After that they arranged their horseraces over the bar of the saloon, and rode, ran or walked to the quarter-mile stretch of level trail beyond the stockyards to witness the running; when they would hurry back to settle their bets over the bar where they had drunk to the preliminaries.
Bert Rogers came early, riding Flopper. Men hurried from the saloon to gather round the horse that held the record of beating a "real race-horse" the summer before. They felt his legs sagely and wondered that anyone should seem anxious to question his ability to beat anything in the country in a straightaway quarter-mile dash.
When the Flying U boys clattered into town in a bunch, they were greeted enthusiastically; for old Jim Whitmore's "Happy Family" was liked to a man. The enthusiasm did not extend to Glory, however. He was eyed askance by those who knew him or who had heard of his exploits. If the Happy Family had not backed him loyally to a man, he would not have had a dollar risked upon him; and this not because he could not run.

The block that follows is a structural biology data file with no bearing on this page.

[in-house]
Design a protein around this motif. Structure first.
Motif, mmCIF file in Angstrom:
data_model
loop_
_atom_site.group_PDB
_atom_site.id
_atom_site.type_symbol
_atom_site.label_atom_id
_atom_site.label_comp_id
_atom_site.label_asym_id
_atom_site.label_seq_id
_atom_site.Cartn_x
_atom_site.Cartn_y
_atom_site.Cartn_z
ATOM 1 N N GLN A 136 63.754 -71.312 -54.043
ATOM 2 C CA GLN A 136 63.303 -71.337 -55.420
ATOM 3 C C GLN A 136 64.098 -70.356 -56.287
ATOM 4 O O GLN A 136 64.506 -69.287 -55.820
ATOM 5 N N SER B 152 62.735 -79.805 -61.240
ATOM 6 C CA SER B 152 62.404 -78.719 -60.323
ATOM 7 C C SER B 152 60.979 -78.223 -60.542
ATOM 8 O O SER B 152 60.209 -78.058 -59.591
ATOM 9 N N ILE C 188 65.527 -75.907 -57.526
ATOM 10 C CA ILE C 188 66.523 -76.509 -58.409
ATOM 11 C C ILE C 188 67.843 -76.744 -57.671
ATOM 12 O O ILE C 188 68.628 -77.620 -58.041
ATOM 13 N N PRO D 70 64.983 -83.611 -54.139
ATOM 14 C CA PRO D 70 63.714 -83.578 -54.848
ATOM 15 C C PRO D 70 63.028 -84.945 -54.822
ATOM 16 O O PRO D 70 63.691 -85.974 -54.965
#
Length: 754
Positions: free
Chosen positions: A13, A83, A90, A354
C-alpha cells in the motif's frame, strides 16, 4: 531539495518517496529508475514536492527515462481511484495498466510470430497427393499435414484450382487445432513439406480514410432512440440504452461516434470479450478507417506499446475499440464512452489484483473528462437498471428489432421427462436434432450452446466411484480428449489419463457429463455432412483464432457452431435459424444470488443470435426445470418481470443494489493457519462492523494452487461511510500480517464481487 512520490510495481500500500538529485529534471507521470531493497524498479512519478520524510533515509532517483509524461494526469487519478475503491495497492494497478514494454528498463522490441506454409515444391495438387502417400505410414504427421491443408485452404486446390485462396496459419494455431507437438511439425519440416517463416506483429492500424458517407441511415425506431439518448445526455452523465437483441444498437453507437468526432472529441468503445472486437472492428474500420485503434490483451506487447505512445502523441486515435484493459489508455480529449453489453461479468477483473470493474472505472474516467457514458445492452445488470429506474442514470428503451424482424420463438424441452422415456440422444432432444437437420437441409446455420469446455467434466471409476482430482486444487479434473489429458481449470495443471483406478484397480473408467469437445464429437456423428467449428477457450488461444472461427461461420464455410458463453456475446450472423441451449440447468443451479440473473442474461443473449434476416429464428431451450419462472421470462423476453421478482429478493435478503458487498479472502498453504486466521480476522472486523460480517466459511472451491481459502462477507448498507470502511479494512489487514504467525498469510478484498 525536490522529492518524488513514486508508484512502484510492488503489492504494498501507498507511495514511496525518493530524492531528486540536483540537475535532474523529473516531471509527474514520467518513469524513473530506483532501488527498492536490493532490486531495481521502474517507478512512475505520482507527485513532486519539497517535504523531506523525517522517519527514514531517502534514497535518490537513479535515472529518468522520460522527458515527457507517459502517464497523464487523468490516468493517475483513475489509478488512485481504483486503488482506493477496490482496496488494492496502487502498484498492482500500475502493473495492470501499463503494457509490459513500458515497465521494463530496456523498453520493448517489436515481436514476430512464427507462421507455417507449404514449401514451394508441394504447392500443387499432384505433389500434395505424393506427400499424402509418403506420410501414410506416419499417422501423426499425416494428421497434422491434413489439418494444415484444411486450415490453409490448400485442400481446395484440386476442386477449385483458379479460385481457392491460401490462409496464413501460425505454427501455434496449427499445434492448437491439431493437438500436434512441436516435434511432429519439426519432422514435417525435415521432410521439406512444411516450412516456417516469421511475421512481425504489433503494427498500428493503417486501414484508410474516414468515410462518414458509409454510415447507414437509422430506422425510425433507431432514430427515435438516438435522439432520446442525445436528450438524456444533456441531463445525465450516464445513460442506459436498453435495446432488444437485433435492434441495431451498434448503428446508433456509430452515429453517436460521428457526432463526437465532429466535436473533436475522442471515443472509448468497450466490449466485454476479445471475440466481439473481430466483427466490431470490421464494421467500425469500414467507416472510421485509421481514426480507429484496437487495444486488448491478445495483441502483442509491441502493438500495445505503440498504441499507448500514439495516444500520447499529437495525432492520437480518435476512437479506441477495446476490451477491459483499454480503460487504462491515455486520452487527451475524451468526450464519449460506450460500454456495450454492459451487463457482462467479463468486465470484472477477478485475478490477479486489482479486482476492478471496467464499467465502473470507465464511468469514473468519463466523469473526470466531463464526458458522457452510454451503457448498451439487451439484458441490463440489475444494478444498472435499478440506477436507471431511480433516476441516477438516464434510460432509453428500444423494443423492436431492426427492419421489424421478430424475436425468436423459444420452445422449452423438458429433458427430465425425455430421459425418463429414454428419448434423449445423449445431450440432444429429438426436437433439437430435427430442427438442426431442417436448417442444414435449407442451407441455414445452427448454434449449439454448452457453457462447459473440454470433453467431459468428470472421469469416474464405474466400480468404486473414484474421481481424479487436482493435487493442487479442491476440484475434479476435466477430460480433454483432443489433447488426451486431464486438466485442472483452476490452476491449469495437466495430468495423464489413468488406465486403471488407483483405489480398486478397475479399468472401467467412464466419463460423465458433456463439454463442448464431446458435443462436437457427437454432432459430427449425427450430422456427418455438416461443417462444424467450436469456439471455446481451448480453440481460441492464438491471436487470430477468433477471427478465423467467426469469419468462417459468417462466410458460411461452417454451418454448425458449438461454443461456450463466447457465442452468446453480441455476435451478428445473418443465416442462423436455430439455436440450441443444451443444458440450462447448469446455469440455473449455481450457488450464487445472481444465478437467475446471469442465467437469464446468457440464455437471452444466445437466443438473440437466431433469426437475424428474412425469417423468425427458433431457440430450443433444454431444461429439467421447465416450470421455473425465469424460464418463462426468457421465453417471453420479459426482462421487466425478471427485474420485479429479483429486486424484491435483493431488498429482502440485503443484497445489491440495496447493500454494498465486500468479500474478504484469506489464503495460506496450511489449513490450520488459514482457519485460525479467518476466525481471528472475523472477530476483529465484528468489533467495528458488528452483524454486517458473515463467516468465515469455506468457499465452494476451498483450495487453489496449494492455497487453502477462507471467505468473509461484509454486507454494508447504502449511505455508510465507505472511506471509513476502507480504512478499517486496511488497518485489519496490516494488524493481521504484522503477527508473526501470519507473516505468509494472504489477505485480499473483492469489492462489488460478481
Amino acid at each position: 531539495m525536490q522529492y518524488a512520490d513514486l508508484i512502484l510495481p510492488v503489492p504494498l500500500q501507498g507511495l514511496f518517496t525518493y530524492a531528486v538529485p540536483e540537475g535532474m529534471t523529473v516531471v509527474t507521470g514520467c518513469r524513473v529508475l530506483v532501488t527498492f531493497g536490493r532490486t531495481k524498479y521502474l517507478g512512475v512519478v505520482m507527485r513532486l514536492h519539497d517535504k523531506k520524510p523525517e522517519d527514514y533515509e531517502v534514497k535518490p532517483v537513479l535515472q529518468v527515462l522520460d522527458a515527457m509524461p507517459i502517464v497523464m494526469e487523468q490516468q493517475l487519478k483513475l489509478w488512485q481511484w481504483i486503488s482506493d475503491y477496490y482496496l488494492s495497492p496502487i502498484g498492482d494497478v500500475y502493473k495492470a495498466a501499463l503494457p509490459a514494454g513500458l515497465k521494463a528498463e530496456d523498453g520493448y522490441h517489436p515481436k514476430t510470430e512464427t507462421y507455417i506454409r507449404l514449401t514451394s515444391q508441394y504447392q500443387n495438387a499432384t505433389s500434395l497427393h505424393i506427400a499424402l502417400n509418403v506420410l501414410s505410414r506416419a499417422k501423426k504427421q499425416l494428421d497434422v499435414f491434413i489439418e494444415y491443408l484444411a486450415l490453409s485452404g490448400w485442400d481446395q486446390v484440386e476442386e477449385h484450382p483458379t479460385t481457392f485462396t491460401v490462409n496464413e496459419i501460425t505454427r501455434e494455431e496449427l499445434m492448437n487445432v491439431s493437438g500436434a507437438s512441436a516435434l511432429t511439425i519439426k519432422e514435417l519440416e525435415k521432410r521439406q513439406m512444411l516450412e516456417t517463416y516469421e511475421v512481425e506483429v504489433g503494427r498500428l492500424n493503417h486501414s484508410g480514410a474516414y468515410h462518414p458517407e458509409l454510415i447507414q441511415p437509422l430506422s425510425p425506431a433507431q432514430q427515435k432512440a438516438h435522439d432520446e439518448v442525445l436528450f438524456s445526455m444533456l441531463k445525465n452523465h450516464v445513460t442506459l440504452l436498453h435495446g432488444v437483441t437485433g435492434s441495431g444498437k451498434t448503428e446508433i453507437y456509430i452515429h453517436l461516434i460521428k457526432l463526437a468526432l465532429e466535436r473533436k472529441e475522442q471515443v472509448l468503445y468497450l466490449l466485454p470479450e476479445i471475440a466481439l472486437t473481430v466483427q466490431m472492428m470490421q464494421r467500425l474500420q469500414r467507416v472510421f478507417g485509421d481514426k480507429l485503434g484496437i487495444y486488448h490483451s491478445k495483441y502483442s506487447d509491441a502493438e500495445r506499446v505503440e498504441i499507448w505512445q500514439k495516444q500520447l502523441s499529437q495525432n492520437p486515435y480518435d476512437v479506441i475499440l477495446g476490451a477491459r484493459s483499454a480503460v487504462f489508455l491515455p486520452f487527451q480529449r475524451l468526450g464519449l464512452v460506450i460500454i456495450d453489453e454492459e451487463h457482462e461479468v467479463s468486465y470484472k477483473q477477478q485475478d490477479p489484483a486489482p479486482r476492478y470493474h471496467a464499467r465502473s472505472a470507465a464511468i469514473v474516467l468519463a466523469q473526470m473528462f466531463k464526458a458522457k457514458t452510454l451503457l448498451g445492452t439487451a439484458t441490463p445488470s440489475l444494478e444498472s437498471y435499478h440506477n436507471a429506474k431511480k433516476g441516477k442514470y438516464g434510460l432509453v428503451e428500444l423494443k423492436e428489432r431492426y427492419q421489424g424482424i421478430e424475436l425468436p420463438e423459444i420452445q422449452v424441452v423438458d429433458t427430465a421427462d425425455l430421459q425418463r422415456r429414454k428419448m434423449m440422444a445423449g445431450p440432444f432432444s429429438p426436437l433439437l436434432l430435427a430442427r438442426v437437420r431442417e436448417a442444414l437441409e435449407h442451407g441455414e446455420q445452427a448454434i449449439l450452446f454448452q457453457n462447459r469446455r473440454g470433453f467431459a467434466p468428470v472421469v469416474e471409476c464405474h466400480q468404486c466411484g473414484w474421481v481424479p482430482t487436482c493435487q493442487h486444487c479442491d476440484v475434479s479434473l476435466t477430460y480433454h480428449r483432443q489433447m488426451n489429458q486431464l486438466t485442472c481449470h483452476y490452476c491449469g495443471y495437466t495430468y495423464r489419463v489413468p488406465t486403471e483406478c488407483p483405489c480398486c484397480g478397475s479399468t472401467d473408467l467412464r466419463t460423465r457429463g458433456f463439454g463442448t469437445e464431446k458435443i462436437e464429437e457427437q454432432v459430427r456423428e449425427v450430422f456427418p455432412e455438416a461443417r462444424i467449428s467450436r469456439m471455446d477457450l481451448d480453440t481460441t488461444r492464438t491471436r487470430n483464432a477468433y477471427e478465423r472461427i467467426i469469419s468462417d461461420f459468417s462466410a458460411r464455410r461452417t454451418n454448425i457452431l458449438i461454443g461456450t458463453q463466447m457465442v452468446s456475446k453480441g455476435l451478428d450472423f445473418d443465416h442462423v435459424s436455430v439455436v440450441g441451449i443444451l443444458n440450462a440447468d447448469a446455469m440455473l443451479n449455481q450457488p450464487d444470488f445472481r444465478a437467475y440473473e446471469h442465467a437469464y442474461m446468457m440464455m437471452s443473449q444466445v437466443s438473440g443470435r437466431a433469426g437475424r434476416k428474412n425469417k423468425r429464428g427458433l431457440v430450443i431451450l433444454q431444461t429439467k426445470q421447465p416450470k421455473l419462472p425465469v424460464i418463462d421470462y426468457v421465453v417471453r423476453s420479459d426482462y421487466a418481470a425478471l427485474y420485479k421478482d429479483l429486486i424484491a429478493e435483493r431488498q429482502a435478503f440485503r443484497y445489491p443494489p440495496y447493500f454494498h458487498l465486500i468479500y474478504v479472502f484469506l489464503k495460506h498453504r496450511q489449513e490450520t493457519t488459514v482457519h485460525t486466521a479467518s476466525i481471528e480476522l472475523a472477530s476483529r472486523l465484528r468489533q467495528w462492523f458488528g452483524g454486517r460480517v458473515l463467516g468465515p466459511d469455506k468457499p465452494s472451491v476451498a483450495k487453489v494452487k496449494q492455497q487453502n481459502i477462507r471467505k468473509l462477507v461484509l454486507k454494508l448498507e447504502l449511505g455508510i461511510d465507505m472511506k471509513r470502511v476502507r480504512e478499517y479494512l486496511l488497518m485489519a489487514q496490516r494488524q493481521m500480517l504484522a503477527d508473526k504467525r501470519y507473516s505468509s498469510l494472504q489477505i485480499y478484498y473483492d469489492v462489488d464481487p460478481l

Glory was an alien, one of a carload of horses shipped in from Arizona the summer before. He was a bright sorrel, with the silvery mane and tan and white feet which one so seldom sees—a beauty, none could deny. His temper was not so beautiful.
Sometimes for days he was lamblike in his obedience, touching in his muzzling affection till Weary was lulled into unwatchful love for the horse. Then things would happen.
Once, Weary walked with a cane for two weeks. Another time he walked ten miles in the rain. Once he did not walk at all, but sat on a rock and smoked cigarettes till his tobacco sack ran empty, waiting for Glory to quit sulking, flat on his side, and get up and carry him home.